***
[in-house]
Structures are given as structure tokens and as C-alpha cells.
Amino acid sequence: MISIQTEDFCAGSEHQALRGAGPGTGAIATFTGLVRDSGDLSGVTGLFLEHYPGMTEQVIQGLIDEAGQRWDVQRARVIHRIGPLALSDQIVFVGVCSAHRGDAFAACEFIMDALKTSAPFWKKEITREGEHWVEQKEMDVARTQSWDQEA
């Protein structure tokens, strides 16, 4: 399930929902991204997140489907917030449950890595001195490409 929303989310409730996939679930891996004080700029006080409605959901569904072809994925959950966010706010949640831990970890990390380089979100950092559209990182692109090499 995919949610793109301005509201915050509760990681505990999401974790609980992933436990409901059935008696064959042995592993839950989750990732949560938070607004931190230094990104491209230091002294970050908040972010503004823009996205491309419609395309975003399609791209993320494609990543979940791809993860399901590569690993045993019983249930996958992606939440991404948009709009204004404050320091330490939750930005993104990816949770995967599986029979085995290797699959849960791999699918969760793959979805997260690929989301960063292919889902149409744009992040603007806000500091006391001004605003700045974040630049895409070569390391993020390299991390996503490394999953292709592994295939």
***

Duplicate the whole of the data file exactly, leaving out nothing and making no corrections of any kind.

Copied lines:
[in-house]
Structures are given as structure tokens and as C-alpha cells.
Amino acid sequence: MISIQTEDFCAGSEHQALRGAGPGTGAIATFTGLVRDSGDLSGVTGLFLEHYPGMTEQVIQGLIDEAGQRWDVQRARVIHRIGPLALSDQIVFVGVCSAHRGDAFAACEFIMDALKTSAPFWKKEITREGEHWVEQKEMDVARTQSWDQEA
């Protein structure tokens, strides 16, 4: 399930929902991204997140489907917030449950890595001195490409 929303989310409730996939679930891996004080700029006080409605959901569904072809994925959950966010706010949640831990970890990390380089979100950092559209990182692109090499 995919949610793109301005509201915050509760990681505990999401974790609980992933436990409901059935008696064959042995592993839950989750990732949560938070607004931190230094990104491209230091002294970050908040972010503004823009996205491309419609395309975003399609791209993320494609990543979940791809993860399901590569690993045993019983249930996958992606939440991404948009709009204004404050320091330490939750930005993104990816949770995967599986029979085995290797699959849960791999699918969760793959979805997260690929989301960063292919889902149409744009992040603007806000500091006391001004605003700045974040630049895409070569390391993020390299991390996503490394999953292709592994295939």